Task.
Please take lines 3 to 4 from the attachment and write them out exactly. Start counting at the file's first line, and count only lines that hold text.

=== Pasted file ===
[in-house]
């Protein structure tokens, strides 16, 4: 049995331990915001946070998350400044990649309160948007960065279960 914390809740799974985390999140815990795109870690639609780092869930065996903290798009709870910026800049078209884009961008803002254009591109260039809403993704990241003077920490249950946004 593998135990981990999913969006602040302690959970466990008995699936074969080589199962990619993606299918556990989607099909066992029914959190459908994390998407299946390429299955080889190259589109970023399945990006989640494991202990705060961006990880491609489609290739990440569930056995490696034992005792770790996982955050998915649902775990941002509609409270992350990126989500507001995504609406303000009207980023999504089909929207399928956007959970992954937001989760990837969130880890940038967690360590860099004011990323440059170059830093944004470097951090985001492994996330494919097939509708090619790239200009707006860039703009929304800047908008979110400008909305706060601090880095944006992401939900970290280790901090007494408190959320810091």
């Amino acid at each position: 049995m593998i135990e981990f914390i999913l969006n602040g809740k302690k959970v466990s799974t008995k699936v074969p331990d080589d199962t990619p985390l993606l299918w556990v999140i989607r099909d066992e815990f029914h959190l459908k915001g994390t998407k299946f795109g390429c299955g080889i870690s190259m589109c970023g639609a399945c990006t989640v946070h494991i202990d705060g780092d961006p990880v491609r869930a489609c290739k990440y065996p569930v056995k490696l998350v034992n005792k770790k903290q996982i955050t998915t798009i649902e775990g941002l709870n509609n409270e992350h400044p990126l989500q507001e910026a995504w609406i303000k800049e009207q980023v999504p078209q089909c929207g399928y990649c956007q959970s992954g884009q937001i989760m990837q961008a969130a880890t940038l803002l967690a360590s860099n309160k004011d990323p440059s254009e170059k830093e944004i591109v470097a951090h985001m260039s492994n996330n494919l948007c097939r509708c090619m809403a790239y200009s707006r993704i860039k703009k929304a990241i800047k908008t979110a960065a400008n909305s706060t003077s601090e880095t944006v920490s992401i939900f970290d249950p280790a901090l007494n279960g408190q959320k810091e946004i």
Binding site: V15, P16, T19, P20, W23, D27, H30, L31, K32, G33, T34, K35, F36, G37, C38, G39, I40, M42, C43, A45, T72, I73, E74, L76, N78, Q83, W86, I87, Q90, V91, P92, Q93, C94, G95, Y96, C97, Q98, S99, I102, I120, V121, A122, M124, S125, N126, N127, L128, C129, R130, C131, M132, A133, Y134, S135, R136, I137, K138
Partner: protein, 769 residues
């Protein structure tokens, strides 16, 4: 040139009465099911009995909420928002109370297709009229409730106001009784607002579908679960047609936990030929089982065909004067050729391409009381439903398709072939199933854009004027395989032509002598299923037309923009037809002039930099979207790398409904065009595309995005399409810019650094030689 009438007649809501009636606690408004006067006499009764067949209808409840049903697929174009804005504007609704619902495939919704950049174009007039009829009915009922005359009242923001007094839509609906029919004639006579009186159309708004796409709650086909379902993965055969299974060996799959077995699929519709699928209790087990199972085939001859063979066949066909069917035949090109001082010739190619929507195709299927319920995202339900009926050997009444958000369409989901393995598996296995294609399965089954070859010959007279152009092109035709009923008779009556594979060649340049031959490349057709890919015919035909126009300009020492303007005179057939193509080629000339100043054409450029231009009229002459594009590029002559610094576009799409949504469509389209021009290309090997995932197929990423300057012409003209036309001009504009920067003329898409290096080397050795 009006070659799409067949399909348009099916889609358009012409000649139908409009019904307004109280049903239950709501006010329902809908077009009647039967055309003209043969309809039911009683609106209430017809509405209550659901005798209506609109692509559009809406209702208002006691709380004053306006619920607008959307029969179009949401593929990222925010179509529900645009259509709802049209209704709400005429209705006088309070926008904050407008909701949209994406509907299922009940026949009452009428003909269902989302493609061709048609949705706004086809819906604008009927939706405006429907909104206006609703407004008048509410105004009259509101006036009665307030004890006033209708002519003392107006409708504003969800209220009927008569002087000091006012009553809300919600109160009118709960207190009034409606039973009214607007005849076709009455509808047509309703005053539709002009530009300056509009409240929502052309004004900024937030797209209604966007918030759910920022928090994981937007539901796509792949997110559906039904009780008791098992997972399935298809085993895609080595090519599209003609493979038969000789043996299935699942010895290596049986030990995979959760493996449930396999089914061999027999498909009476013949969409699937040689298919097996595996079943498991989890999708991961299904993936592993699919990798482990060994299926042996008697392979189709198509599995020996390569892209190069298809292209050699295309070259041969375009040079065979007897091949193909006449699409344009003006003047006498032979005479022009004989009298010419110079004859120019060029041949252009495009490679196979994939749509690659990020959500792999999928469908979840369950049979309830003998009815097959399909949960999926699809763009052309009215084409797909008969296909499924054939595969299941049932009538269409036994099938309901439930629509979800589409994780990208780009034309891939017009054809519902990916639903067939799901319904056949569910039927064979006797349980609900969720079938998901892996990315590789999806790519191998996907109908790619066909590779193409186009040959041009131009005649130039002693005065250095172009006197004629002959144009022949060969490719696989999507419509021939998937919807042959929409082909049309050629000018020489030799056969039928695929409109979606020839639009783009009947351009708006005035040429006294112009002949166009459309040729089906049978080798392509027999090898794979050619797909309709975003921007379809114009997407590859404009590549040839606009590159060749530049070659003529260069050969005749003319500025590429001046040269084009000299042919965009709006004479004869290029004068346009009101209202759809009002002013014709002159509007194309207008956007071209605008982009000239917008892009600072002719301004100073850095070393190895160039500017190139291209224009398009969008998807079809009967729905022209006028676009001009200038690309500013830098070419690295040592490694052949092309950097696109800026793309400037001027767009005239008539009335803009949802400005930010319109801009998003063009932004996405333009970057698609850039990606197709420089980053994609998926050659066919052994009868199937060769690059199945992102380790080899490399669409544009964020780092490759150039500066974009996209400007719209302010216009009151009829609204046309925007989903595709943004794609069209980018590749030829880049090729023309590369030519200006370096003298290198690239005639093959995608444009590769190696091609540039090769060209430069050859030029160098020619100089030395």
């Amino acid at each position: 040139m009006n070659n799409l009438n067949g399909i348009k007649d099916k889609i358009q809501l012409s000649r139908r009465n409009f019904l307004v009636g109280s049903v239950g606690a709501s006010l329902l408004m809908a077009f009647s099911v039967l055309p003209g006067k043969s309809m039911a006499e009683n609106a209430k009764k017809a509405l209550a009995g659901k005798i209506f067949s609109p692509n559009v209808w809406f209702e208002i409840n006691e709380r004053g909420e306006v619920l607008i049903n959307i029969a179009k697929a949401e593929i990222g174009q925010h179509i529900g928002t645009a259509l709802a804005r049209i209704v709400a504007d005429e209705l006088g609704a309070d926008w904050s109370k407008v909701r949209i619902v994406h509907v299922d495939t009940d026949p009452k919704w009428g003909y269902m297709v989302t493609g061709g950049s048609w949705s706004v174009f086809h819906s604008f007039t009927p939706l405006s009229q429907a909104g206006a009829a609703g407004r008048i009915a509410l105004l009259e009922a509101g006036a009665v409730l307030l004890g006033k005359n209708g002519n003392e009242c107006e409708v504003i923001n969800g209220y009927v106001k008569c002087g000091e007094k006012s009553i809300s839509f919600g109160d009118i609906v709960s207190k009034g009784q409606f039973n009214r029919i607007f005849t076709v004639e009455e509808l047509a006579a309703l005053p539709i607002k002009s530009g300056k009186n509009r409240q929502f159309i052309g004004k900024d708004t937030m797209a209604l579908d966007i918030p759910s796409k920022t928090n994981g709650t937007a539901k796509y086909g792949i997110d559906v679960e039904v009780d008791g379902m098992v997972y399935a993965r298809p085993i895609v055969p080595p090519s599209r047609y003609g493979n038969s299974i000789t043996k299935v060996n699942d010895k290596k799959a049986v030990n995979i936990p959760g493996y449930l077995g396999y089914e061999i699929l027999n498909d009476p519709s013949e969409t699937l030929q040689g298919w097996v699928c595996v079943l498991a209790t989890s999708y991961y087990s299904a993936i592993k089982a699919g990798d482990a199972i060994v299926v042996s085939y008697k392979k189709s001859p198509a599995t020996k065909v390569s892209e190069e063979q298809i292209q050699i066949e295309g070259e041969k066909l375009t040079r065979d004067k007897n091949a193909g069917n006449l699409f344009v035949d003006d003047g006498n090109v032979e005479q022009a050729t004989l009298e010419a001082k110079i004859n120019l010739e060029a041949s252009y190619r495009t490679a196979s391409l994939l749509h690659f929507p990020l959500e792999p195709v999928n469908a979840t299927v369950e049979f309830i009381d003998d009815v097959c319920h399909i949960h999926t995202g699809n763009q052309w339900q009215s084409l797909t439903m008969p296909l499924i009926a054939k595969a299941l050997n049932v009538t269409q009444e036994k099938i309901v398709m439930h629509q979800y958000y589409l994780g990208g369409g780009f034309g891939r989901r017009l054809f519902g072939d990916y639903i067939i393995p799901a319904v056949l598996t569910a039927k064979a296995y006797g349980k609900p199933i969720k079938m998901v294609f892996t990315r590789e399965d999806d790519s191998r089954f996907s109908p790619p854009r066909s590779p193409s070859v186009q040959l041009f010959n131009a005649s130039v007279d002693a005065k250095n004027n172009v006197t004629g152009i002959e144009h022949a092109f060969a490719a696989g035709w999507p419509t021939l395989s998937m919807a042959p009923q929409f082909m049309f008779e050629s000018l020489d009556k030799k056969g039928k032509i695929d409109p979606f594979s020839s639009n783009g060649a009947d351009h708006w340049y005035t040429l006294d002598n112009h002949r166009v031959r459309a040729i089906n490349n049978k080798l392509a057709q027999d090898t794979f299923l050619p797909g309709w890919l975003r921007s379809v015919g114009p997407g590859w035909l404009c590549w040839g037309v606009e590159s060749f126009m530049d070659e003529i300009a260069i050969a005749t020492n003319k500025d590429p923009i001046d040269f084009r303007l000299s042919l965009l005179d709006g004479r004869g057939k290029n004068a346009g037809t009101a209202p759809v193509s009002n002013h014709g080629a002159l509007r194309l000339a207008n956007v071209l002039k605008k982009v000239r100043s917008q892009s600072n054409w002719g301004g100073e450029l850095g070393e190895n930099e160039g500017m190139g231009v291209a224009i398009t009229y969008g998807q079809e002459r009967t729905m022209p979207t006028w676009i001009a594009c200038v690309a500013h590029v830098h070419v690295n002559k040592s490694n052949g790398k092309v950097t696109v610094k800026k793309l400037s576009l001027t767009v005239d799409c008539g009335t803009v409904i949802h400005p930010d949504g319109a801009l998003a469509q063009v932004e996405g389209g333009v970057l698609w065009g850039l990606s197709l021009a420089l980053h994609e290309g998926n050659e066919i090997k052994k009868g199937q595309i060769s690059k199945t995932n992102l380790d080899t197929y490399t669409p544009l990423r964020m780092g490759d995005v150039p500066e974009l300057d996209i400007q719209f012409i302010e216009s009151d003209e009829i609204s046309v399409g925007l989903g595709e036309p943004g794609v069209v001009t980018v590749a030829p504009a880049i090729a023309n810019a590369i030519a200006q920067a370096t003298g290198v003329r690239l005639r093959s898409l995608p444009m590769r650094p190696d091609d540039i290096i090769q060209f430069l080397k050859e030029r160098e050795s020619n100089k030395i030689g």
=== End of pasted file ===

């Amino acid at each position: 049995m593998i135990e981990f914390i999913l969006n602040g809740k302690k959970v466990s799974t008995k699936v074969p331990d080589d199962t990619p985390l993606l299918w556990v999140i989607r099909d066992e815990f029914h959190l459908k915001g994390t998407k299946f795109g390429c299955g080889i870690s190259m589109c970023g639609a399945c990006t989640v946070h494991i202990d705060g780092d961006p990880v491609r869930a489609c290739k990440y065996p569930v056995k490696l998350v034992n005792k770790k903290q996982i955050t998915t798009i649902e775990g941002l709870n509609n409270e992350h400044p990126l989500q507001e910026a995504w609406i303000k800049e009207q980023v999504p078209q089909c929207g399928y990649c956007q959970s992954g884009q937001i989760m990837q961008a969130a880890t940038l803002l967690a360590s860099n309160k004011d990323p440059s254009e170059k830093e944004i591109v470097a951090h985001m260039s492994n996330n494919l948007c097939r509708c090619m809403a790239y200009s707006r993704i860039k703009k929304a990241i800047k908008t979110a960065a400008n909305s706060t003077s601090e880095t944006v920490s992401i939900f970290d249950p280790a901090l007494n279960g408190q959320k810091e946004i």
Binding site: V15, P16, T19, P20, W23, D27, H30, L31, K32, G33, T34, K35, F36, G37, C38, G39, I40, M42, C43, A45, T72, I73, E74, L76, N78, Q83, W86, I87, Q90, V91, P92, Q93, C94, G95, Y96, C97, Q98, S99, I102, I120, V121, A122, M124, S125, N126, N127, L128, C129, R130, C131, M132, A133, Y134, S135, R136, I137, K138